How about a “shoestring budget”? The origin of this phrase seems to have multiple roots. Many believe it is connected to a shoestring gambler or a gambling game. Others say the term denotes a limited budget because bootlaces or straps are close to the ground. Shoestrings are also quite inexpensive to buy, so the concept of having only enough money to purchase strings may also be reflected in the term.

If Otzi the Iceman knew it would become this complicated, he would have worn cowboy boots, too.

Have a terrific Tuesday, and thanks for reading.

Shane Goodman
President and Publisher
Big Green Umbrella Media
515-953-4822, ext. 305


Your Clear Mortgage forecast from Jason Parkin

Happy Tuesday! We'll gradually warm into a breezy Wednesday and Thursday. Rain chances kick in by Thursday afternoon, then the bottom falls out temperature-wise into the weekend as we're reminded that it's November in Iowa.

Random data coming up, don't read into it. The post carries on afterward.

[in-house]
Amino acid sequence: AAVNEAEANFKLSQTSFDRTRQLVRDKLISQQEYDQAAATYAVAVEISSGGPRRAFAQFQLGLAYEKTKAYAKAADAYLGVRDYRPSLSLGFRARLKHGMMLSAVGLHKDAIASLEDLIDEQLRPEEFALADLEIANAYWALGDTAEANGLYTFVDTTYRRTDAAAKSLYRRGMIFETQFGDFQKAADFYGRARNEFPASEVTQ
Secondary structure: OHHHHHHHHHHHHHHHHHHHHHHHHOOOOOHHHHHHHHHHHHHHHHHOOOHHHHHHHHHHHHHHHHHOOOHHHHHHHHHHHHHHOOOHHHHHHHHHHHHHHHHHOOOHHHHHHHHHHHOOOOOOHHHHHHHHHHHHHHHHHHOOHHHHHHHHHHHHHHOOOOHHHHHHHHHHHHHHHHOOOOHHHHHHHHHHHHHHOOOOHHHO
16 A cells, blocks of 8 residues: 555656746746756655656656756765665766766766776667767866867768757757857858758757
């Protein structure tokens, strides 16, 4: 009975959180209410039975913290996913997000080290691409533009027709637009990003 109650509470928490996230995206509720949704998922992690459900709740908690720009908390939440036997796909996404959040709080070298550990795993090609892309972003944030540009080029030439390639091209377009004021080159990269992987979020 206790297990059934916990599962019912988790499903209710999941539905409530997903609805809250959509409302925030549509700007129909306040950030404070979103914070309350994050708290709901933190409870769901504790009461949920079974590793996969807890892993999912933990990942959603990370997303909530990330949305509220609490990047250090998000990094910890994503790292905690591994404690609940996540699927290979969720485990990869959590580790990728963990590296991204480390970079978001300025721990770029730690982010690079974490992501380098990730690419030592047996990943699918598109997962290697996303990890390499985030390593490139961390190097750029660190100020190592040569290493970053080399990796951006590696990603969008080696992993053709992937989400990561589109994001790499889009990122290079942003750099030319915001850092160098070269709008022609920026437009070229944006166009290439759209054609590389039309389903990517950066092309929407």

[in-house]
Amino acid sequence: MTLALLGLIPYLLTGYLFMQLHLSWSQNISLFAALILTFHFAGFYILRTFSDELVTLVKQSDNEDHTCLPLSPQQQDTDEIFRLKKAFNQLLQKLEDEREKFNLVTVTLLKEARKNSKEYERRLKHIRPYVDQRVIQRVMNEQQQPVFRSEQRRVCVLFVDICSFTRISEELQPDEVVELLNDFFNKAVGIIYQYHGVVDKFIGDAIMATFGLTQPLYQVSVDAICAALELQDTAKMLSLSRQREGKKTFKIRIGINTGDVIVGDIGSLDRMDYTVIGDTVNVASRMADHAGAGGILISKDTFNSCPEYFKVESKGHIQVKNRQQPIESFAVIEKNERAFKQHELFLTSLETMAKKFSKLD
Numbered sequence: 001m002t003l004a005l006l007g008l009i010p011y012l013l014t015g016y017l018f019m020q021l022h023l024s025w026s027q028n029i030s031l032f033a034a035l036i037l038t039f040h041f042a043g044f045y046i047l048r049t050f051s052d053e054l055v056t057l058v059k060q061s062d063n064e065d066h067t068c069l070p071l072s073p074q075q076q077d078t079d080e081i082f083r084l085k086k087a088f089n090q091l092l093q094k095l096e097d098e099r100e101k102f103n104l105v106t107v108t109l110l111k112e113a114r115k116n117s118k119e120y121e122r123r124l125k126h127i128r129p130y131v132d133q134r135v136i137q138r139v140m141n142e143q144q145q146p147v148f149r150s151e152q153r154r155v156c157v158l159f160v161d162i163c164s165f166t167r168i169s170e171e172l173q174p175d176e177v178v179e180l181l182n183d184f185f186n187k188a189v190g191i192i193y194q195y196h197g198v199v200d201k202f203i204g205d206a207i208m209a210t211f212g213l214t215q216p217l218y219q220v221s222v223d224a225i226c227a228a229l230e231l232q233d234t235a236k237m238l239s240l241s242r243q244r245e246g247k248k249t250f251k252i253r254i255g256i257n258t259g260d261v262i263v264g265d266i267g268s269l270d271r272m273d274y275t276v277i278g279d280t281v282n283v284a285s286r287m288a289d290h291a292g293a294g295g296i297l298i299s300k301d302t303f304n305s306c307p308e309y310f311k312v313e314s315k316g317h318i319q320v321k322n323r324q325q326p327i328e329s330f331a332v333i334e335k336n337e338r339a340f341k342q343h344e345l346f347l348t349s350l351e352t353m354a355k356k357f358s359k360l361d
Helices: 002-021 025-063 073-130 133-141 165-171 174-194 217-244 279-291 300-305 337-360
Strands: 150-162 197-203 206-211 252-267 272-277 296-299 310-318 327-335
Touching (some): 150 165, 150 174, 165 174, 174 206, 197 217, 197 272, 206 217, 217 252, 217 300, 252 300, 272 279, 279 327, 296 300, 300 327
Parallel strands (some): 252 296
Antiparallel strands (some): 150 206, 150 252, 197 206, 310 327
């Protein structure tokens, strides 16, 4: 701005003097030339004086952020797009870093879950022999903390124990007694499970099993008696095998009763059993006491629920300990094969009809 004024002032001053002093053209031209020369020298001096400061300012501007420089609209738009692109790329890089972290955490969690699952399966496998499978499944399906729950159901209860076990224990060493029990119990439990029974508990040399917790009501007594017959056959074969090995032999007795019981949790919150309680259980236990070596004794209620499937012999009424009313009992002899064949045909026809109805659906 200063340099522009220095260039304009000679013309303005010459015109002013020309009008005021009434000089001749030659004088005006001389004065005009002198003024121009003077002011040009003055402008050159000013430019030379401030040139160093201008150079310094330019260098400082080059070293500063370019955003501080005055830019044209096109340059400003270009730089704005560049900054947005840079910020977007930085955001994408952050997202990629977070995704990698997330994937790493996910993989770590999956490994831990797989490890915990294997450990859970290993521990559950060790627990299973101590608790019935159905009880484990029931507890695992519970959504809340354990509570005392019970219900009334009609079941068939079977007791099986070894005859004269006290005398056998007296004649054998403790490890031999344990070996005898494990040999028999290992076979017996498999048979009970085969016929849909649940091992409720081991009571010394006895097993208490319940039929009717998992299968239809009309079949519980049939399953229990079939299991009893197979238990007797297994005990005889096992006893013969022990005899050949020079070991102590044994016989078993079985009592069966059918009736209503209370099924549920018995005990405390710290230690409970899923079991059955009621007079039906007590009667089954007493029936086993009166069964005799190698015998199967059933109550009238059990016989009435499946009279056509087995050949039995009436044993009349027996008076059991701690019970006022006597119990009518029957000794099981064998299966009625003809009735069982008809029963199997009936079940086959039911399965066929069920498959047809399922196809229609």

For help with preapprovals or refinancing, get in touch with Jason at parkin.mortgage

Featured Home For Sale
Attention Realtors, post your listings here for $50. Contact jolene@iowalivingmagazines.com for details.
5505 Waterbury Road
DesMoines, IA 50312
Remarkable find of uncompromising quality in Waterbury! Nestled amidst stately oaks, this Tudor is in a park-like setting in this highly coveted enclave of historic homes and trophy properties. At the front entry you are greeted with a serene patio featuring beautiful wrought iron framing the postcard-perfect views of the front yard and neighborhood.
See More Homes For Sale
From the Food Dude

Farm Bureau reported Monday that boneless turkey breasts cost 112% more this year than last. That was just before Butterball recalled 14,000 pounds of ground turkey possibly contaminated by added ingredients.

— Jim Duncan


FROM KCCI: Could Waukee be getting a Target?

WAUKEE, Iowa — Waukee currently has multiple construction projects going on, and there are indications that one of them may be a Target. Images posted on the city's website resemble what you see outside most Targets: big red spheres and a red cart corral. ..READ MORE FROM KCCI